Call to Worship
The poet Mary Oliver writes,
To live in this world
you must be able
to do three things:
To love what is mortal;
to hold it
against your bones knowing
your own life depends on it;
And, when the time comes to let it go,
to let it go.
These instructions aren’t exactly easy to follow. We’re supposed to love. Okay check. We’re supposed to hold on. And, we’re supposed to let go. Letting go may be the hard part.
It can be hard to let go of anger.
It can be hard to let go of feelings of having been wronged.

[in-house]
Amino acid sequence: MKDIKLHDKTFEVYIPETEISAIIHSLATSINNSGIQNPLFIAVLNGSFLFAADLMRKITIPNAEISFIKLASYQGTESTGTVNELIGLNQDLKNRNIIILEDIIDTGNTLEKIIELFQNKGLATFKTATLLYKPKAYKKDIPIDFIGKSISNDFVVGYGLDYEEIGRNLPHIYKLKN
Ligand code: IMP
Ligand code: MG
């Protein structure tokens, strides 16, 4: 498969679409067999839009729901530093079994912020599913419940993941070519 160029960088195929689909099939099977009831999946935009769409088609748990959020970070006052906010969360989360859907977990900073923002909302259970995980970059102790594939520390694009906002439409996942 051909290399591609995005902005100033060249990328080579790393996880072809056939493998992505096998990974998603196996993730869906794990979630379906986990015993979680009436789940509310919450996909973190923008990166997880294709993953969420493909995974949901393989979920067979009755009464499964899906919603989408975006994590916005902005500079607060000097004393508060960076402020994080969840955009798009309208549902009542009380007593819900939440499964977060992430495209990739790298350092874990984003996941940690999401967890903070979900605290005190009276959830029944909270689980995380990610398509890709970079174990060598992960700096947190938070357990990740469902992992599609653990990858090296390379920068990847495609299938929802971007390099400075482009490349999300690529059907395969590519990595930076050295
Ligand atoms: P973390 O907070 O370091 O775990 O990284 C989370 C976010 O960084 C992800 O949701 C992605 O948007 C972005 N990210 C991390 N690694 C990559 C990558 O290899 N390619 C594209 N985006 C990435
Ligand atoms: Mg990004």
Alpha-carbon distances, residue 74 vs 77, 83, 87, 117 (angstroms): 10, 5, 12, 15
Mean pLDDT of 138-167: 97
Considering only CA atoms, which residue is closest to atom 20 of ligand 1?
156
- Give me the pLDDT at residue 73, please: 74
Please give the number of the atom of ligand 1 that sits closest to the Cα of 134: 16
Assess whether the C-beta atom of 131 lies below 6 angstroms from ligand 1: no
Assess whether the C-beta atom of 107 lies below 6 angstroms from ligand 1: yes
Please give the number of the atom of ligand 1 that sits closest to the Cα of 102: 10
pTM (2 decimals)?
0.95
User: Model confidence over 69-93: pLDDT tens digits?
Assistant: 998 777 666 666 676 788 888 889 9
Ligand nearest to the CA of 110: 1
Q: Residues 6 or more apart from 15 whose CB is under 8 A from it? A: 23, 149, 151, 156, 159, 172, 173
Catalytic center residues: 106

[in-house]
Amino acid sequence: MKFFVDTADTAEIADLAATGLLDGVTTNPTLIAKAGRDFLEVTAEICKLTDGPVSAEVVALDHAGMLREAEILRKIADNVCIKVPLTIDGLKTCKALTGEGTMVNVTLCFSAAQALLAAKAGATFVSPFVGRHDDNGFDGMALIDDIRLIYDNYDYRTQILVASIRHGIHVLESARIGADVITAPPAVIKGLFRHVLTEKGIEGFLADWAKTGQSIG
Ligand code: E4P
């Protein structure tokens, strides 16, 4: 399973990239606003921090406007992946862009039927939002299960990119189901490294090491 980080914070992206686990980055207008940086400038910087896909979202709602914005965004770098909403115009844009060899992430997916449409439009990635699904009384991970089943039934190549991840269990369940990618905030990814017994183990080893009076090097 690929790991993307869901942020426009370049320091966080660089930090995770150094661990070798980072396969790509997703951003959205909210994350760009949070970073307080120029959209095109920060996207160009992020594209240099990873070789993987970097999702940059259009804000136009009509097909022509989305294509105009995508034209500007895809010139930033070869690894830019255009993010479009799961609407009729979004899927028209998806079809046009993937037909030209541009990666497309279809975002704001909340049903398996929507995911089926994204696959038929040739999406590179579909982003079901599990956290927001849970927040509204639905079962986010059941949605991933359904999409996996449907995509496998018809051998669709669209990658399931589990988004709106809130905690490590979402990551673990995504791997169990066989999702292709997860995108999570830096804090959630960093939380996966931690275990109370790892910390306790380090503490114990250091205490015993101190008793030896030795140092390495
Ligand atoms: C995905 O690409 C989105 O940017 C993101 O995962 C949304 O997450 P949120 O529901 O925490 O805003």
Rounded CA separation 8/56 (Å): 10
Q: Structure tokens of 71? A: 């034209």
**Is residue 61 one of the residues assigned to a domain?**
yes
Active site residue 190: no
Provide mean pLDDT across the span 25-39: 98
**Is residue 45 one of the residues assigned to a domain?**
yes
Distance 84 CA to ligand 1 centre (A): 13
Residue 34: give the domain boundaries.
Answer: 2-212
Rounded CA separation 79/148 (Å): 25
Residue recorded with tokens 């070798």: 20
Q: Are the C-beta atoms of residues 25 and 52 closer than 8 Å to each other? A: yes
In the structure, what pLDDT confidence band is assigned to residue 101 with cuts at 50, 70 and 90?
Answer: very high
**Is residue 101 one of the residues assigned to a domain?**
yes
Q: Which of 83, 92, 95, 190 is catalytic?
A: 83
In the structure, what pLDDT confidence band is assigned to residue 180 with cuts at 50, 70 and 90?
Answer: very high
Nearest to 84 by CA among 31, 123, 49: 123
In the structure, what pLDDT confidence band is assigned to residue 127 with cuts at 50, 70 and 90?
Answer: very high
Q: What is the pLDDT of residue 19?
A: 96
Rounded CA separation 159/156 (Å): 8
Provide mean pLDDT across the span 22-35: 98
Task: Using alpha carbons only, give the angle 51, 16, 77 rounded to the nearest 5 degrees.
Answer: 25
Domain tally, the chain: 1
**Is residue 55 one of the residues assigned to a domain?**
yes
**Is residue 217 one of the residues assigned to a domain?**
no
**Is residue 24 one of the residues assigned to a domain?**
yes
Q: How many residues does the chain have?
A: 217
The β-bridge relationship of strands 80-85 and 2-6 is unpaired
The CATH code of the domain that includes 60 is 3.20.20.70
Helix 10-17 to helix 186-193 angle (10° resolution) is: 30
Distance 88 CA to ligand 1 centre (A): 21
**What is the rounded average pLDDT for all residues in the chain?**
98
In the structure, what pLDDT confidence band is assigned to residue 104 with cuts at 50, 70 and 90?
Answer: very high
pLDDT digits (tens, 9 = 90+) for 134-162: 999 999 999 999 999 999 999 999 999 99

It can be hard to let go of worry.
It can be hard to let go of guilt.
It can be really, really hard to let go of something you treasure or someone you love.
Love. Hold on. Let go. Come this morning on a journey of discovery.
Come, let us worship together.
Time for All Ages
During the time with the children, I demonstrated the “monkey box,” a box with a hole big enough to drop a tennis ball into and a hole big enough to stick your hand into, but not so big enough that a fist holding a ball can pass through the hole. I then shared with the children a variation of this Buddhist story. The lesson is that sometimes we can be stubborn and hold on to something even when it isn’t good for us.